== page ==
It was the summer I lost my jelly shoes. We were at the beach – Mama, Papa, my sister Jos, and I. I loved those shoes, with their sparkly silver glitter. But we forgot them and left them behind. And when we went back to look for them, they were gone forever.
We were incredibly lucky growing up, Jos and I. Looking back, it was a blessed and wonderful childhood during which we wanted for nothing. I don’t know if we knew that then. What we did know was love, happiness and safety. Losing a pair of sparkly plastic shoes was, in my eyes, as bad as life got.
In this summer in the picture, we were in Devon. Our little family had rented a house for the holidays and we spent long days at the beach. I remember the sand. It wasn’t just by the sea – it was in our clothes, in our hair, gathering in the seat corners of the car, and feeling gritty on the lino floor when we got back to the house.
Mama and Papa would sit on the straw mats they had packed in the car for our outings. Jos and I would play all day in the sand. With a bucket and spade, along the water’s edge, we would build castles and dig moats around them. We could, we thought, do anything. We’d have sandwiches for lunch and ice creams for afters. There was nothing in the world to be unhappy about.
Along the shoreline, pools of warm water gathered around the rocks. We spent hours exploring, collecting dead crabs and seashells, and finding mysterious creatures who floated in and out with the tide. We’d gather them up and guard them until the end of the day when we forgot about them in our fresh-air-tiredness.
And so, we also forgot my shoes one day. Those glittery plastic sandals which epitomised my summer of happiness. Until they were lost. I always believed they’d been taken away by the tide. For years I have told myself I left them among the rock pools, only for them to be swallowed up by the sea as it overtook the sand.
I talked to mum about this photo last night, and she said it was, as I had thought, taken the summer I lost my shoes. But she had a different version of what happened. We’d left them on a wall at the beach, she said. We’d piled into the car, remembering our straw mats and buckets and spades and Jos’ buggy and the rest of our belongings – but my beloved sparkly sandals were forgotten.
I must have been barefoot in the sand – because summers back then were lived without shoes just as they were without worries. I suppose I have romanticised my memory over the years. I suppose I wanted to think of my glittery shoes as being swept out to sea for safe-keeping by the mermaids, and not of them sitting lonely and forgotten on a seawall.
Apart from the shoes, it could have been any summer. We have many, many different versions of that photo from over the years. Jos and I, sitting in the sand on the beach, squinting in the sun, and not a worry in the world to enter our minds for an entire lazy holiday. The years go by, we look older, the locations change, sometimes we are in England, sometimes we are in far flung lands. It never mattered to us as children that we didn’t understand what people said to us – we still befriended the other children on the beach. They taught us to jump off the side of the catamaran without fear, they taught us to count to ten in Spanish, in German, in French. Summer holidays, like the rest of the year, were carefree for us blessed children.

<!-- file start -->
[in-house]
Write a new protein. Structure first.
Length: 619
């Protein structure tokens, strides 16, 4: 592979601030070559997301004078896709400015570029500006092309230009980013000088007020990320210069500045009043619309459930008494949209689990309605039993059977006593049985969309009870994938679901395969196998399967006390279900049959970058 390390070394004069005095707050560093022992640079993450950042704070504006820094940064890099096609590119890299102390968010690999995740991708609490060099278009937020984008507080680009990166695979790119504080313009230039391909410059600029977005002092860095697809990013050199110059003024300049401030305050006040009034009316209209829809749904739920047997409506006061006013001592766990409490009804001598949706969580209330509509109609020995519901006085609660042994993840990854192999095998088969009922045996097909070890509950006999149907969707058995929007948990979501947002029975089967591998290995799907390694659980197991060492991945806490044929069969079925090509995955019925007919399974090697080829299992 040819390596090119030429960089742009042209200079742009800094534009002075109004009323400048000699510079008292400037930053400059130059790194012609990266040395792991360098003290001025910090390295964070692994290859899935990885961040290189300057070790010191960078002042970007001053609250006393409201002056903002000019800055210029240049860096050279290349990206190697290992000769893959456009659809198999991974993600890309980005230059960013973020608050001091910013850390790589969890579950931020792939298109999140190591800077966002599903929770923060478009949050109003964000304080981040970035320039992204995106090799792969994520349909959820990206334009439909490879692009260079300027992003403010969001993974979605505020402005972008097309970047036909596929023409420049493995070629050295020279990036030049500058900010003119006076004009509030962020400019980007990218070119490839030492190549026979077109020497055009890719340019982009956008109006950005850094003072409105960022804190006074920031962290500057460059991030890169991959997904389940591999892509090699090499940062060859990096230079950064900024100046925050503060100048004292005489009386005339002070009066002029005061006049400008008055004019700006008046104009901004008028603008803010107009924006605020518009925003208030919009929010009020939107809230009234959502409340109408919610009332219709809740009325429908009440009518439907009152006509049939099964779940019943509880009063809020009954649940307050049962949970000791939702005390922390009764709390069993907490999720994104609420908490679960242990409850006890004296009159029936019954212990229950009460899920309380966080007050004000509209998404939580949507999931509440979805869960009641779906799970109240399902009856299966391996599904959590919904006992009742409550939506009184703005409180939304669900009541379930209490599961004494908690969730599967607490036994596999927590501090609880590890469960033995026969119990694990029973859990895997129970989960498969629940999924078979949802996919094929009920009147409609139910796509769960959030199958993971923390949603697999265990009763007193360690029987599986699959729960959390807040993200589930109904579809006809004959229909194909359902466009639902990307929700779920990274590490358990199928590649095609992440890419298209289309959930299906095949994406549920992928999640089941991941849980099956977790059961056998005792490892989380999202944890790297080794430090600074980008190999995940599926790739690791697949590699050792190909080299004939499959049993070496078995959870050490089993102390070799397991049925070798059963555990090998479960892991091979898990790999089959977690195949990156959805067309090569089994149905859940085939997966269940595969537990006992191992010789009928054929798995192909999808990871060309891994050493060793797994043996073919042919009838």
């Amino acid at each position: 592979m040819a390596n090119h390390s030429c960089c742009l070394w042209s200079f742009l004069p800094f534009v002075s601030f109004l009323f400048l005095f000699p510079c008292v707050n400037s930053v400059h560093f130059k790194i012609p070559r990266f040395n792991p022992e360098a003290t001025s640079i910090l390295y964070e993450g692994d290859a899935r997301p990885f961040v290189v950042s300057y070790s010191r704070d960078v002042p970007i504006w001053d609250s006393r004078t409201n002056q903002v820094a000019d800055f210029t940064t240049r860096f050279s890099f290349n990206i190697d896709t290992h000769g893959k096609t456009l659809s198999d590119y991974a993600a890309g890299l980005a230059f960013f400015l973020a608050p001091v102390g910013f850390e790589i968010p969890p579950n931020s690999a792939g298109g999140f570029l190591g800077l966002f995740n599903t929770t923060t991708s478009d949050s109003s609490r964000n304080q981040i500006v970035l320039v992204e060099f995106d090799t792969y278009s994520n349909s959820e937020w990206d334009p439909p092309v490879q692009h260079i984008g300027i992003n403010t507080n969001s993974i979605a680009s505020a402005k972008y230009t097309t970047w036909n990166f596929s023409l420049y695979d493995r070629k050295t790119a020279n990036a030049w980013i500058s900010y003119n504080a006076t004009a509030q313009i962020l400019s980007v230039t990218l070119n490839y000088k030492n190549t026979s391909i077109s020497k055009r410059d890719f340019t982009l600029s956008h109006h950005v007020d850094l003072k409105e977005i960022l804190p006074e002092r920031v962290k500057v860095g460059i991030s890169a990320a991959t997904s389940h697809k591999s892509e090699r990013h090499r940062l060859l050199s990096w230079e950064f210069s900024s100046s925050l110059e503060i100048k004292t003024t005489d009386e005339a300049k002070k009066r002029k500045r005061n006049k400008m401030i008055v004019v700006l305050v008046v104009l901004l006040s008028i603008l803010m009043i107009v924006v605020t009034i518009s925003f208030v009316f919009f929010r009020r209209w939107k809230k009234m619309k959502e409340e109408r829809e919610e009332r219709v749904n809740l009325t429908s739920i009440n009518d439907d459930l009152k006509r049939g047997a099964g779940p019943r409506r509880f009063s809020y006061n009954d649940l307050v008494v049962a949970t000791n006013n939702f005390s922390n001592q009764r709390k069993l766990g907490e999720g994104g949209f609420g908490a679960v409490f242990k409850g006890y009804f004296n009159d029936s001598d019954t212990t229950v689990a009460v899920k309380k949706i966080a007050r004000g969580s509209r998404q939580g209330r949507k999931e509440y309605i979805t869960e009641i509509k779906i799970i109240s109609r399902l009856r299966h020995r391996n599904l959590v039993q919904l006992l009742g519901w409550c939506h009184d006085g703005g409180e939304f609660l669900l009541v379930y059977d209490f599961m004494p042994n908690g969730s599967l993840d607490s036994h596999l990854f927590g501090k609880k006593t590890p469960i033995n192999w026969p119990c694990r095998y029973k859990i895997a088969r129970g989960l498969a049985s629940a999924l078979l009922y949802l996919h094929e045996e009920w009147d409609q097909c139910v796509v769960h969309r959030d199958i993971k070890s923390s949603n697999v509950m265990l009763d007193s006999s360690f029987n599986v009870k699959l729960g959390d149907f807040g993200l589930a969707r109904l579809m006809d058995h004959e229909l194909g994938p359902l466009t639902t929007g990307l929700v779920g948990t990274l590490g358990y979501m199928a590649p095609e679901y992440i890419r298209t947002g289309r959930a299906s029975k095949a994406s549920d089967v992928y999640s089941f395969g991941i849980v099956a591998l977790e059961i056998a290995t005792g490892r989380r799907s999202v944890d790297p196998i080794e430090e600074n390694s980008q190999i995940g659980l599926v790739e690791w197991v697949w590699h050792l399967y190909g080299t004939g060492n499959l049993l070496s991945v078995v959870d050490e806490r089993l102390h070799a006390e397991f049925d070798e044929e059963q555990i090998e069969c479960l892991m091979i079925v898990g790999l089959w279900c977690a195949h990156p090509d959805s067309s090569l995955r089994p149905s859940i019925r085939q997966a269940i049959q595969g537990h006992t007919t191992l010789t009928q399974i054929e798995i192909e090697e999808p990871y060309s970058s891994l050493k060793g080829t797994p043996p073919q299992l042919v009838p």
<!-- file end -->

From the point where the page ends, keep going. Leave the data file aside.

We didn’t know how lucky we were.
In the last decade, 10 million children have been traumatised as a result of war.
They know nothing of a life where losing a pair of glittery jelly shoes is such a terrible event that you still remember it 25 years later. They know nothing of a life where your biggest decision is which colour friendship bracelet to buy at an exotic night market. They know nothing of a life where summer holidays mean endless worry-free days spent laughing and playing with family and friends.
Many, many children die or become seriously ill as a result of living in conflict. They know nothing of a life like the peaceful, worry-free childhood I remember.
The charity Action Aid has launched a campaign to help rebuild the lives of children affected by war. The Rebuild campaign is asking celebrities, and people like you and me, to tell the stories of their childhood. They are stories that are simply worlds away from the lives of children affected by war. But by telling these stories, and by listening to these stories, we can perhaps encourage each other to find ways to help children affected by war rebuild their lives. For those living in conflict, Action Aid is working to help them change their stories.
Please visit the Action Aid website to find out more about the Rebuild campaign. With our help, the lives of children living in conflict can be rebuilt. Please, tell your story, share it widely with the #rebuild tag, and do whatever you can to help.